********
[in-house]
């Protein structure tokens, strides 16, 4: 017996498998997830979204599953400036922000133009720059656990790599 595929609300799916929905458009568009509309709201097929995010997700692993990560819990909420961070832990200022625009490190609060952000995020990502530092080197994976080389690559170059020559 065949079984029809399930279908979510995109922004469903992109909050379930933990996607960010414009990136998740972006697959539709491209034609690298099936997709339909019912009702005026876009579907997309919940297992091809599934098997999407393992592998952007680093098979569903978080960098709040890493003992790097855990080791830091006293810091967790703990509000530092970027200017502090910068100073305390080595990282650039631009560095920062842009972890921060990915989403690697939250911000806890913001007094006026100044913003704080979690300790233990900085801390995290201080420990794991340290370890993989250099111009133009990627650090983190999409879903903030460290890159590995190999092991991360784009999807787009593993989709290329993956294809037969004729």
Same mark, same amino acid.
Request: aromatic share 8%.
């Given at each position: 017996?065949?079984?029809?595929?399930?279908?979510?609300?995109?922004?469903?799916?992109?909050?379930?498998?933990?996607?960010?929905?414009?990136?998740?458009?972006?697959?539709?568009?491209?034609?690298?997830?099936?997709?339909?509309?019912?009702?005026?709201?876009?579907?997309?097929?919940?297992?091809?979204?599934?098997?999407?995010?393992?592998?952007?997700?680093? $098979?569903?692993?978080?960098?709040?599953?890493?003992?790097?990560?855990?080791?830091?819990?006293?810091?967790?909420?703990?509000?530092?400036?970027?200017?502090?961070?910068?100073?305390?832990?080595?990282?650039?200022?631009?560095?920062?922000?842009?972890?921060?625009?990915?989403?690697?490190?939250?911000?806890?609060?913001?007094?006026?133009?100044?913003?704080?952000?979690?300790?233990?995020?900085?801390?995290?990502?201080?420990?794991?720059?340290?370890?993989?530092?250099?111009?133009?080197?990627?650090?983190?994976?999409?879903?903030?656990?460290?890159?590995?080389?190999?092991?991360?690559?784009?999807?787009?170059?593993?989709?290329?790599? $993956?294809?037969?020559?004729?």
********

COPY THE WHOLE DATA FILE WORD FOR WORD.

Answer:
[in-house]
């Protein structure tokens, strides 16, 4: 017996498998997830979204599953400036922000133009720059656990790599 595929609300799916929905458009568009509309709201097929995010997700692993990560819990909420961070832990200022625009490190609060952000995020990502530092080197994976080389690559170059020559 065949079984029809399930279908979510995109922004469903992109909050379930933990996607960010414009990136998740972006697959539709491209034609690298099936997709339909019912009702005026876009579907997309919940297992091809599934098997999407393992592998952007680093098979569903978080960098709040890493003992790097855990080791830091006293810091967790703990509000530092970027200017502090910068100073305390080595990282650039631009560095920062842009972890921060990915989403690697939250911000806890913001007094006026100044913003704080979690300790233990900085801390995290201080420990794991340290370890993989250099111009133009990627650090983190999409879903903030460290890159590995190999092991991360784009999807787009593993989709290329993956294809037969004729």
Same mark, same amino acid.
Request: aromatic share 8%.
């Given at each position: 017996?065949?079984?029809?595929?399930?279908?979510?609300?995109?922004?469903?799916?992109?909050?379930?498998?933990?996607?960010?929905?414009?990136?998740?458009?972006?697959?539709?568009?491209?034609?690298?997830?099936?997709?339909?509309?019912?009702?005026?709201?876009?579907?997309?097929?919940?297992?091809?979204?599934?098997?999407?995010?393992?592998?952007?997700?680093? $098979?569903?692993?978080?960098?709040?599953?890493?003992?790097?990560?855990?080791?830091?819990?006293?810091?967790?909420?703990?509000?530092?400036?970027?200017?502090?961070?910068?100073?305390?832990?080595?990282?650039?200022?631009?560095?920062?922000?842009?972890?921060?625009?990915?989403?690697?490190?939250?911000?806890?609060?913001?007094?006026?133009?100044?913003?704080?952000?979690?300790?233990?995020?900085?801390?995290?990502?201080?420990?794991?720059?340290?370890?993989?530092?250099?111009?133009?080197?990627?650090?983190?994976?999409?879903?903030?656990?460290?890159?590995?080389?190999?092991?991360?690559?784009?999807?787009?170059?593993?989709?290329?790599? $993956?294809?037969?020559?004729?």